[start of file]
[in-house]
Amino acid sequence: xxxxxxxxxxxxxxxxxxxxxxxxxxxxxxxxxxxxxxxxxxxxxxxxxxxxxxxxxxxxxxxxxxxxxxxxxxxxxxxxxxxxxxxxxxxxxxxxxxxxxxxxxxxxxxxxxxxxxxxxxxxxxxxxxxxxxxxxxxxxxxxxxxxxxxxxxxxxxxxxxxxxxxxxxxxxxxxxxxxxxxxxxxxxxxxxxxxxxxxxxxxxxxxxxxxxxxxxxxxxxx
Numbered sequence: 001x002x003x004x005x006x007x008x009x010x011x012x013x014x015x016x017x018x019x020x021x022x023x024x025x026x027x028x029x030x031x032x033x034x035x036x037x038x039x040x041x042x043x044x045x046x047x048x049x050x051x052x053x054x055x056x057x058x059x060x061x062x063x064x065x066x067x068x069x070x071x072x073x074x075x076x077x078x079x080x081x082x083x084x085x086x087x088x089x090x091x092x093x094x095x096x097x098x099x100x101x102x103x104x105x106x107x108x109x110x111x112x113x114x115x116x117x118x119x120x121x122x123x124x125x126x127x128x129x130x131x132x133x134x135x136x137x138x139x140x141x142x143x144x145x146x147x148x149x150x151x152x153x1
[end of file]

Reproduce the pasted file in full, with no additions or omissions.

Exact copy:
[in-house]
Amino acid sequence: xxxxxxxxxxxxxxxxxxxxxxxxxxxxxxxxxxxxxxxxxxxxxxxxxxxxxxxxxxxxxxxxxxxxxxxxxxxxxxxxxxxxxxxxxxxxxxxxxxxxxxxxxxxxxxxxxxxxxxxxxxxxxxxxxxxxxxxxxxxxxxxxxxxxxxxxxxxxxxxxxxxxxxxxxxxxxxxxxxxxxxxxxxxxxxxxxxxxxxxxxxxxxxxxxxxxxxxxxxxxxx
Numbered sequence: 001x002x003x004x005x006x007x008x009x010x011x012x013x014x015x016x017x018x019x020x021x022x023x024x025x026x027x028x029x030x031x032x033x034x035x036x037x038x039x040x041x042x043x044x045x046x047x048x049x050x051x052x053x054x055x056x057x058x059x060x061x062x063x064x065x066x067x068x069x070x071x072x073x074x075x076x077x078x079x080x081x082x083x084x085x086x087x088x089x090x091x092x093x094x095x096x097x098x099x100x101x102x103x104x105x106x107x108x109x110x111x112x113x114x115x116x117x118x119x120x121x122x123x124x125x126x127x128x129x130x131x132x133x134x135x136x137x138x139x140x141x142x143x144x145x146x147x148x149x150x151x152x153x1